Like most other investments, lifecycle funds couldn’t escape the market downturn of 2008. These self-adjusting asset allocation funds, which dial down risk as shareholders approach retirement, still had sufficient equity holdings in their most conservative versions to be hit hard when stocks lost half their value. The funds’ performance left many near-retirees in a deep hole, and it has resulted in scrutiny by Congress, the U.S. Department of Labor, and the Securities and Exchange Commission. Changes may be coming, particularly in the rules that let company retirement plans use lifecycle funds as a default investment option.
Lifecycle funds, also known as target-date funds, are designed for investors who want a diversified portfolio appropriate for their stage in life. It’s an appealing idea to invest in a fund that takes care of everything, adjusting allocations as you age while also regularly rebalancing holdings to stay in line with target weightings. Introduced in the 1990s, lifecycle funds received a major boost a few years ago when they were designated as “qualified default investment alternatives” (QDIAs) for 401(k) plans that automatically enroll employees unless they opt not to participate. When a plan participant hasn’t indicated how to invest his savings, the money can be funneled automatically into a lifecycle fund as a QDIA.
But many investors in lifecycle funds were shocked at the magnitude of their losses in the market meltdown, and regulators at the DOL and the SEC recently convened a joint hearing on proposed reforms. Possible improvements include enhanced disclosure, uniform naming policies to reduce investor confusion, and stricter standards for fiduciaries of plans that use lifecycle funds. Other measures to increase investor education about the funds and their uses are also on the table. And some experts have called for substantial changes in the funds, from capping their stock market exposure near retirement to incorporating absolute-return strategies that might reduce volatility during market plunges.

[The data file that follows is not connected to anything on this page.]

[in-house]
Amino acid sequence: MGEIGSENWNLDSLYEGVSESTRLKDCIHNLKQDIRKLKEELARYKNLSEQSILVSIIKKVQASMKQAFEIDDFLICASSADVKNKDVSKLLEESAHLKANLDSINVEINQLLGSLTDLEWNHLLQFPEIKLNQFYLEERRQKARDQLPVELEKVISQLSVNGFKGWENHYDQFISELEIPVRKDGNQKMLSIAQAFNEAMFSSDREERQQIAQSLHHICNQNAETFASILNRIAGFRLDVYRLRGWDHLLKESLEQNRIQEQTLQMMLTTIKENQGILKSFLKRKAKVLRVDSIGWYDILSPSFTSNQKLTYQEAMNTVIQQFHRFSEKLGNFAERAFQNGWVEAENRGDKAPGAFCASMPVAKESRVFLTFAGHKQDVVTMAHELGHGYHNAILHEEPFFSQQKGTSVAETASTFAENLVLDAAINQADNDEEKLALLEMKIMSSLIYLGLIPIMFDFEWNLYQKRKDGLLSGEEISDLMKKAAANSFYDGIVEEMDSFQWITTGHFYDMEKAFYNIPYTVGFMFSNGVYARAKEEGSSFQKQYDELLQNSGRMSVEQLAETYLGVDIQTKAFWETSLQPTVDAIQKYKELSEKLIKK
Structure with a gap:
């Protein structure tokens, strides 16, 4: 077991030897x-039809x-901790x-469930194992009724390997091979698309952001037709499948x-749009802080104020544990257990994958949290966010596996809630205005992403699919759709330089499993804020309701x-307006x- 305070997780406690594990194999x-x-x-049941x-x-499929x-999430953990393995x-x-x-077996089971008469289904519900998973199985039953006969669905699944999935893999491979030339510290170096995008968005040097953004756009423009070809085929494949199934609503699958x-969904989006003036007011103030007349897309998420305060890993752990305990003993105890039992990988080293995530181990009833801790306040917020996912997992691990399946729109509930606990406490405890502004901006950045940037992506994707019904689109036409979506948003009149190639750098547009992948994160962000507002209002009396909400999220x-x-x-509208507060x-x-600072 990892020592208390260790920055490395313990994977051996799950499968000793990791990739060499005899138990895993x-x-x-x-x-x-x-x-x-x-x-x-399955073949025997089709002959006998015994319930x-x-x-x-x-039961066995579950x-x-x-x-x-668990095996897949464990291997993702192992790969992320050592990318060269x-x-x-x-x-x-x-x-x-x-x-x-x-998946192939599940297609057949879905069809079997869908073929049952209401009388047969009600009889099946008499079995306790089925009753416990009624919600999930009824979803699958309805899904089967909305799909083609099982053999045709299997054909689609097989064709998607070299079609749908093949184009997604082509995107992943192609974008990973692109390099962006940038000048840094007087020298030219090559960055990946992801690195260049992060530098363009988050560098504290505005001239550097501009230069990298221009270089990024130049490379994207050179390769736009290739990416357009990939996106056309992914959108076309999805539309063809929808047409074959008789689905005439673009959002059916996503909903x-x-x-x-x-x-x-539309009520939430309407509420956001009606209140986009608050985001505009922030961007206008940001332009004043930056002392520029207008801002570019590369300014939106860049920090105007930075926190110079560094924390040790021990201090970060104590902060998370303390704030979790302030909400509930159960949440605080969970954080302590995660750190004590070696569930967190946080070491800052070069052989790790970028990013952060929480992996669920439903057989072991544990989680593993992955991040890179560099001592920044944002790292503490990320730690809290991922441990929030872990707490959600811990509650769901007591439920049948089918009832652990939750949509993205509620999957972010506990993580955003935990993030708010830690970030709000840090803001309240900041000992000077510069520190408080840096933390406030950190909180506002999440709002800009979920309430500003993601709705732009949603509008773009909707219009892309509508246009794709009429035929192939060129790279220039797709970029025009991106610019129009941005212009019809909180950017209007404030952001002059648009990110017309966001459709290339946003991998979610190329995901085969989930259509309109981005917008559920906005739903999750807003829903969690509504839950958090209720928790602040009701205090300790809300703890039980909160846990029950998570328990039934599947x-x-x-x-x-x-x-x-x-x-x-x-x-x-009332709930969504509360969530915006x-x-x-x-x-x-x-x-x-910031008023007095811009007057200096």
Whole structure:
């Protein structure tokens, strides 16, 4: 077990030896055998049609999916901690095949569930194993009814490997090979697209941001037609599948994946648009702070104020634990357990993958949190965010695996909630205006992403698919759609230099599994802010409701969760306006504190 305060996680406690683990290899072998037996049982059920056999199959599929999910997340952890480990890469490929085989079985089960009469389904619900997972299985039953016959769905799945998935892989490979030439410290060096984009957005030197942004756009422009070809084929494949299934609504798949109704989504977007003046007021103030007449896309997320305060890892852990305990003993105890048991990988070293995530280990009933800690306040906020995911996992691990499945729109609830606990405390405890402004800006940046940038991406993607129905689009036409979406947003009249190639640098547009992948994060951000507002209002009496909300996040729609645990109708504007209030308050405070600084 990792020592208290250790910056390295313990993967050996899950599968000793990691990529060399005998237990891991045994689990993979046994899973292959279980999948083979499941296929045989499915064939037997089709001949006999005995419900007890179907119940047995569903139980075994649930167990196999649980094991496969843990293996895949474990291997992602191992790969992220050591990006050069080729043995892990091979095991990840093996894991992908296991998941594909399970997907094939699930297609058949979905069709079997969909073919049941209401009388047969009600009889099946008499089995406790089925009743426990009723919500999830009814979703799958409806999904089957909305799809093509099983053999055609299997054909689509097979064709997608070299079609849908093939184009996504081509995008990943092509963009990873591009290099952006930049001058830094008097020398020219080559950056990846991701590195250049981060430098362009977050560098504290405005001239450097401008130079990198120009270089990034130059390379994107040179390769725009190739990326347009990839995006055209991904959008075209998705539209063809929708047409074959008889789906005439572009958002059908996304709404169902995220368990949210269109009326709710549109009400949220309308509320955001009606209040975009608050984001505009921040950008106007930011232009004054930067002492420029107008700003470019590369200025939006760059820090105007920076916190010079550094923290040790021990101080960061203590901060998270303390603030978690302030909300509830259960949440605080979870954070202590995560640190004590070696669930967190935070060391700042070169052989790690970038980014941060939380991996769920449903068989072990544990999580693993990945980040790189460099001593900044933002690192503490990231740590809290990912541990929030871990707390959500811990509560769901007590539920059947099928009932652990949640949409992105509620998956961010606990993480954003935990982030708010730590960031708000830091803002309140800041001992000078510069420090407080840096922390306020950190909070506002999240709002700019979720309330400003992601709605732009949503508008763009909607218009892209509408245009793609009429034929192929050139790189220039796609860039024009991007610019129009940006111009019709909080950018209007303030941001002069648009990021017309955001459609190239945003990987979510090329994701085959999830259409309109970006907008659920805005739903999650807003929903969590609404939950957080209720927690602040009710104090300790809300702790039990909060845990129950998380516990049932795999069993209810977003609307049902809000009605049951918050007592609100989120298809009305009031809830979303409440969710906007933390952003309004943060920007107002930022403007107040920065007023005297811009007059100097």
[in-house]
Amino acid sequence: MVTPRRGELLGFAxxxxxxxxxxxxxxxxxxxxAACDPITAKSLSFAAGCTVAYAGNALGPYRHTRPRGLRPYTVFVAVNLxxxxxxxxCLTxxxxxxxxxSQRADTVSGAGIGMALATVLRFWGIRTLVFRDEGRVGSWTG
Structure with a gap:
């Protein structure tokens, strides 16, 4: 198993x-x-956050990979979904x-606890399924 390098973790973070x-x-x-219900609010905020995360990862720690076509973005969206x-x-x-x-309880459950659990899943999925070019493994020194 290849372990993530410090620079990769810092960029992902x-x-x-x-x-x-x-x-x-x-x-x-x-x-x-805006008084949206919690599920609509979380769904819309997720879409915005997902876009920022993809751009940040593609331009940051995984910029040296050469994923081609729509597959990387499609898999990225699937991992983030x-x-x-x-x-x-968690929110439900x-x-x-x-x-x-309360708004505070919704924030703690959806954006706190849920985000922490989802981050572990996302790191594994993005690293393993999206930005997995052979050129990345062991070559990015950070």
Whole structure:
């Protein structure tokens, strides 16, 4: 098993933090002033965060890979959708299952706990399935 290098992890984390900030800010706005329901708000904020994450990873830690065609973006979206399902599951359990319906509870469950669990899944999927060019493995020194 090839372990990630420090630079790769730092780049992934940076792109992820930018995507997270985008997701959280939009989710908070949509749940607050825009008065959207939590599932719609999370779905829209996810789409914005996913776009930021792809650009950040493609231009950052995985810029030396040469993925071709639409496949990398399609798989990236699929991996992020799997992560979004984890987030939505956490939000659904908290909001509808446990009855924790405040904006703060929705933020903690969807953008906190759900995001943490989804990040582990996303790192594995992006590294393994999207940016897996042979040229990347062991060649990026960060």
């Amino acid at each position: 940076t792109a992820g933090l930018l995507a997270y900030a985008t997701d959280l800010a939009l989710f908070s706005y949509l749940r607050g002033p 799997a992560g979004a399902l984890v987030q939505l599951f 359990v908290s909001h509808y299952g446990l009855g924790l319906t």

Whatever reforms happen, it will be up to investors to understand the pros and cons of these special investments and to consider their possible role in a retirement plan. If you would like help reexamining your retirement portfolio, please give us a call.
There are certain risks and considerations to take into account prior to investing in a target-date fund. A target-date fund—also known as a lifecycle or age-based fund—is a fund portfolio that helps investors saving for retirement choose a single portfolio aligned with the year closest to their expected retirement. It is designed to provide an asset mix that becomes more conservative as the date for expected withdrawals to begin approaches. Consider in addition to your age or date of retirement other factors, including your risk tolerance, personal circumstances, and complete financial situation. A target-date fund is not guaranteed and it is possible to lose money by investing in the fund, even after the target date has passed. Certain funds’ asset allocations may be subject to change and the extent to which the allocations of a target-date fund among types of investments may be modified without shareholder vote.